And when my daughter gets old enough and asks for my advice on success, I will pull this out, and explain to her that for a long time I was caught up in what others defined as success, instead of trying to figure it out for myself. I will encourage her to dig deep, and think about what she wants her own life to look like. I will encourage her to pay attention to her vision rather than what people around her tell her success looks like.  If she can do that, she will find it.  And be fulfilled in the process.

Posted in Marriage, Mommyhood, Work, Work-Life Balance (Ha!) | 2 Comments

Critical Whiteness

I haven’t feeling very bloggy lately, but a couple of issues have popped up as of late to jar me out of my writing slumber.  One of those issues is the concept of “whiteness.”

I know what you’re thinking.  This isn’t Stormfront.  I’m not in the Klan.  Why are you talking about whiteness.  It’s just not nice.  We’re supposed to be color blind.  Isn’t that what Dr. King wanted?*

Guess what white people– we are white, and we have to understand what that means if we ever want to truly connect with persons of color.

Being white is not a dirty word.  It doesn’t mean you are bad.  It just is, and it comes laden with cultural baggage and expectations.  Without a critical examination of that baggage and those expectations, you can’t ever be expected to truly engage on issues of race.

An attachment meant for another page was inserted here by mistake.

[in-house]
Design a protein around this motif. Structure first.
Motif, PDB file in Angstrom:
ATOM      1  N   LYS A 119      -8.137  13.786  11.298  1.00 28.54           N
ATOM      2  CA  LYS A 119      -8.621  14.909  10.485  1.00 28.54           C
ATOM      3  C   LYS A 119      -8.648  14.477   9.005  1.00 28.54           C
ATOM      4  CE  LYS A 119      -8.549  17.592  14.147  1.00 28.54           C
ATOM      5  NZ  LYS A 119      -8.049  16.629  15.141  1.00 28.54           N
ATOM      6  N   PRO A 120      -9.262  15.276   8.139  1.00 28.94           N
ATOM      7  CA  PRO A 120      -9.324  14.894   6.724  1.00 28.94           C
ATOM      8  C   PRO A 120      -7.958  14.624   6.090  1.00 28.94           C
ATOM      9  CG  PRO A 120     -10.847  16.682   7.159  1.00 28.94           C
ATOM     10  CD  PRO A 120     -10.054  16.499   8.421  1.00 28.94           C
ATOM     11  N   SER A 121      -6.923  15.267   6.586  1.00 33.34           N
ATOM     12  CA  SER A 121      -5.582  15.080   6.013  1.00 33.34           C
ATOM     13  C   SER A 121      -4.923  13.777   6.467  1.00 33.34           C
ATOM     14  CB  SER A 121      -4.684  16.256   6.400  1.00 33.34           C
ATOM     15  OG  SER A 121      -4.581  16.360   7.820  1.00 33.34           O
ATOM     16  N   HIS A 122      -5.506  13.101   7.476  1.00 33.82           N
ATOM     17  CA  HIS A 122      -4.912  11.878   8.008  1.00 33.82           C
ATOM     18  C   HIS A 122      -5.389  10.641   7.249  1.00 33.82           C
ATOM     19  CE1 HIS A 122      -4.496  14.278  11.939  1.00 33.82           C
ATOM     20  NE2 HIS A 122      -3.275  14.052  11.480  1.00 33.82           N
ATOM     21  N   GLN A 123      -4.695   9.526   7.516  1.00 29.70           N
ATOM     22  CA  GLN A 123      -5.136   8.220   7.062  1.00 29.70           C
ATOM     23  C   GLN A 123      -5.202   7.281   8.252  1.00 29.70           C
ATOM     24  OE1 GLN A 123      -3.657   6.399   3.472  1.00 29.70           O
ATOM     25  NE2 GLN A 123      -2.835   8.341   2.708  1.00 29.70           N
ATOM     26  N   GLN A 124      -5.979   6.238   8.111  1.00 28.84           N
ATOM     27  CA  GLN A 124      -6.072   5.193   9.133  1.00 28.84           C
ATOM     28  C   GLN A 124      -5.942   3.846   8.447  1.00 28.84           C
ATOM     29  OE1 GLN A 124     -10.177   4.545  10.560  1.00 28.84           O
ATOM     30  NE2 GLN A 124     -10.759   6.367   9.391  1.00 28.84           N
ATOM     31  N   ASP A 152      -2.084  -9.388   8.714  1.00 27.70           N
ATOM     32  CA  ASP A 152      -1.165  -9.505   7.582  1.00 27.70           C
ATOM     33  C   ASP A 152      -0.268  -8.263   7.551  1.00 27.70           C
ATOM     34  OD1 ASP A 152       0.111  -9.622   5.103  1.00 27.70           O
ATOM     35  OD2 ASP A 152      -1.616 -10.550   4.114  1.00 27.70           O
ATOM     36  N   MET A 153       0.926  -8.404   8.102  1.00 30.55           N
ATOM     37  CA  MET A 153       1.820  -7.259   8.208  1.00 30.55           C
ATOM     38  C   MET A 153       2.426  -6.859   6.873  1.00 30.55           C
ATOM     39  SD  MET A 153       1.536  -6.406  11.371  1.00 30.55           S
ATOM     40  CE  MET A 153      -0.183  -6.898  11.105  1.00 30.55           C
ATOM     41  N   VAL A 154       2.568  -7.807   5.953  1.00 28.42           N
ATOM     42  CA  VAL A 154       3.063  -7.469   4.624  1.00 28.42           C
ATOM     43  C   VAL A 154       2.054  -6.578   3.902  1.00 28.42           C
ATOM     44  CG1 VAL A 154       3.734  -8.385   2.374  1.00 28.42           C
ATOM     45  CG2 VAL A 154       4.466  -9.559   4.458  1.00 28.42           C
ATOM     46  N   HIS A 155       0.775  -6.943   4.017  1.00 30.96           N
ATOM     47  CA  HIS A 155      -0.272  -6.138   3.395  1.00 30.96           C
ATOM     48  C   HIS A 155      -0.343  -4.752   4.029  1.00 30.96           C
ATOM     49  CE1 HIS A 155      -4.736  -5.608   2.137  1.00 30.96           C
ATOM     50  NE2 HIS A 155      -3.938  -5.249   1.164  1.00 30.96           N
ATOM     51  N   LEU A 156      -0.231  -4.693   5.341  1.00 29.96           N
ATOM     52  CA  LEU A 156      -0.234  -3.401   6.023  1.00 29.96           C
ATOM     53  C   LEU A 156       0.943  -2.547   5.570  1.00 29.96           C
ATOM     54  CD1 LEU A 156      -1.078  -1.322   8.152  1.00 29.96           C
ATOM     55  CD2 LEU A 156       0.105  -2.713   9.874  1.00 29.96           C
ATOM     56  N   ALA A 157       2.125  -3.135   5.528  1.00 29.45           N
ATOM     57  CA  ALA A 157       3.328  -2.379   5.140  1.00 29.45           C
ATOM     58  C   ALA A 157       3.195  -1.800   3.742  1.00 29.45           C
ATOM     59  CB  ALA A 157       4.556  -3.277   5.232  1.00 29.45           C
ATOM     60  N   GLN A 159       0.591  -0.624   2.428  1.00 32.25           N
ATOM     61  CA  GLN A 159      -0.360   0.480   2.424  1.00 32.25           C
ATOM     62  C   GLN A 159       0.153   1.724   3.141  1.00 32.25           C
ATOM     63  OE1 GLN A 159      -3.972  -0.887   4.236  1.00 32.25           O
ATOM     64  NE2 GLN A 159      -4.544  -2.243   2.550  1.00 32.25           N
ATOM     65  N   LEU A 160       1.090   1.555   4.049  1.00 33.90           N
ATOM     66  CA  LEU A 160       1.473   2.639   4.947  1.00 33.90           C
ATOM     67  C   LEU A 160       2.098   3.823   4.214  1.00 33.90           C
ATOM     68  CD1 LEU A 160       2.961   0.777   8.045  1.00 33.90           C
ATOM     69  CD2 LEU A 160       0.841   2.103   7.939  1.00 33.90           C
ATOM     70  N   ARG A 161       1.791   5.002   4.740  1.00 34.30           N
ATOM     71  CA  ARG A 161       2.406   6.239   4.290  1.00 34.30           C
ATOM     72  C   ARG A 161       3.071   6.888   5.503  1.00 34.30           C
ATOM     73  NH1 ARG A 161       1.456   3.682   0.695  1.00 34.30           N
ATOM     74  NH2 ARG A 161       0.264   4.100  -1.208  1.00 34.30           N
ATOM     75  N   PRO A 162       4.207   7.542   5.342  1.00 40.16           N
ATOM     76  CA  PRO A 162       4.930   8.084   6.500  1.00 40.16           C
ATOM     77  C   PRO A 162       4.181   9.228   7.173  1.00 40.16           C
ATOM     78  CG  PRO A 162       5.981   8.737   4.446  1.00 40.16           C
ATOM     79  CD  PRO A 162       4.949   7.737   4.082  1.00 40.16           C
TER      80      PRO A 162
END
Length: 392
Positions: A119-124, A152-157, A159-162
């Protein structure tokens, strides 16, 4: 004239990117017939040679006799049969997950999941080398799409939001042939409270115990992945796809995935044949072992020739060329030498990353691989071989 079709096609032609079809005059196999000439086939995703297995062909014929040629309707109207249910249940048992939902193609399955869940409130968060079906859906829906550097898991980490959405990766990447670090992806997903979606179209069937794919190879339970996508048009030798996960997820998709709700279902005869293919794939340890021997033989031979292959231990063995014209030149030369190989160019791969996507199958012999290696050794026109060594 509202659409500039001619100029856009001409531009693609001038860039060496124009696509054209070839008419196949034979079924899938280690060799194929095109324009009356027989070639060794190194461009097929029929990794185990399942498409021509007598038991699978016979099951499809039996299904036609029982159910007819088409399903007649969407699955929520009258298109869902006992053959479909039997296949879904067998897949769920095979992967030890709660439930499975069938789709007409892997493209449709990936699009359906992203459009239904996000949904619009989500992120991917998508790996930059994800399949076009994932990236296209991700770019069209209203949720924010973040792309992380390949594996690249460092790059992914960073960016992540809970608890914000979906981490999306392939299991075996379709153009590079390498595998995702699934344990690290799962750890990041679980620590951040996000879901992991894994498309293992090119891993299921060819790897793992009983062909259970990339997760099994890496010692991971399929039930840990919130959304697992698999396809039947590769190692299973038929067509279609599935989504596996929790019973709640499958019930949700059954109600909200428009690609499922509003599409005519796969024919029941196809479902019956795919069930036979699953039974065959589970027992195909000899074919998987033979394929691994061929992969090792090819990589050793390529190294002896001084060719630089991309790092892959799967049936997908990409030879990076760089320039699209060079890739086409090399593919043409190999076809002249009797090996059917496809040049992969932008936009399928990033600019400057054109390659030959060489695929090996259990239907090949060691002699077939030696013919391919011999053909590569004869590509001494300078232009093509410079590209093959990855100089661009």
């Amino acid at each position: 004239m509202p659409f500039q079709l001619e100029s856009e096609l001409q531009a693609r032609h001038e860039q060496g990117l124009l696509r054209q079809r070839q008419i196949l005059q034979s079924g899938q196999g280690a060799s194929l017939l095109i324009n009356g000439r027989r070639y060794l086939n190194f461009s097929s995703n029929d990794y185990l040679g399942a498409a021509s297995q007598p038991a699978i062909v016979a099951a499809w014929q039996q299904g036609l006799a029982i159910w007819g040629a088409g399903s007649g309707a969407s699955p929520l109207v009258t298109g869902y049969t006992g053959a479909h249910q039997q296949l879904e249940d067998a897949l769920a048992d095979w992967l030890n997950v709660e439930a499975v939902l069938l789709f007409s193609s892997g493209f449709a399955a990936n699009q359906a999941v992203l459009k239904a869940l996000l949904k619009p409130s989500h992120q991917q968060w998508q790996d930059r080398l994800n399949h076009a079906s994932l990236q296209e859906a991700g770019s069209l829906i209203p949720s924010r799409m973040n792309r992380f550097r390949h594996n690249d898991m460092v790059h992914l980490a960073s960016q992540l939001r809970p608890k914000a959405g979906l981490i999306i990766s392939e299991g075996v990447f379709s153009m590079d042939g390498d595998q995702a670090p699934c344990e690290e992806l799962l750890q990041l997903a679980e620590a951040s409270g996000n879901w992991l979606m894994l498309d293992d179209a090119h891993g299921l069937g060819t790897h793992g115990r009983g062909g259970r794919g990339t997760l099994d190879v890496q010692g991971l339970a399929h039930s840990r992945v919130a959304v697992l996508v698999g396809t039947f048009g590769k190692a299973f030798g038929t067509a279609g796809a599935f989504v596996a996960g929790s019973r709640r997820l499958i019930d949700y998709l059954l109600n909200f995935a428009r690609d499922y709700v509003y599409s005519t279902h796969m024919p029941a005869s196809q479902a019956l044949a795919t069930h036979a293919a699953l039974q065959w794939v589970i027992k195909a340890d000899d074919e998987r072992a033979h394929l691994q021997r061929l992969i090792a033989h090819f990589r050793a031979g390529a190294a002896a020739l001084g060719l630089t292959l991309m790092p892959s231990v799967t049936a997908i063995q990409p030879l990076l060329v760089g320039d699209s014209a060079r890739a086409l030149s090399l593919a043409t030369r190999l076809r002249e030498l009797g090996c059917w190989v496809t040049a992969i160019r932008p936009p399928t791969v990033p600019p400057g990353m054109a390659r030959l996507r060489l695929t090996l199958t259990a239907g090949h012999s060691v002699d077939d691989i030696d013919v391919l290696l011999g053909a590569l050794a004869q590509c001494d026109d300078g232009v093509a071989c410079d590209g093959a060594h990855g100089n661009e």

Why is this important?  First off, most white people, out of a good intention not to be perceived as racist, have gone off the deep end the other direction.  We see ourselves as race-less, which then becomes a neutral in contrast to persons of color.  When we are the standard, and persons of color are “other,” how can we fully confront difficult and delicate race issues?  We can’t.  We have to admit we are white.  We have a race and culture. [Before a troll comments as such– yes I know race is a sociological construct and not a biological one.  Doesn’t mean it doesn’t exist.  Get over it.]

So if you accept that being white means you have a race and culture, and included in that, a particular filter for how you view the world, what do you do then? You have to embark on a critical examination of how those filters not just color how you view the world, but the people in it.  For me, as I’ve examined my own whiteness, I’ve found that it often includes a tacit, deep-seated acceptance of “respectability politics,” which simply reflects, as noted by Mychal Denzel Smith in The Nation, “the idea that one can overcome racism (or any other form of oppression) by way of your personal actions, presenting one’s self as a citizen worthy of respect as defined by the dominant cultural norms and standards.”  That sounds attractive, doesn’t it?  But it’s just not real.  Look at what happened to Jonathan Ferrell (see previous link). Look at the unrelenting racist abuse heaped on the Obamas.  Racism is deep, enduring, and structural, and black people and other persons of color will be subject to racism even if they, for lack of a less pejorative phrase, “act white.”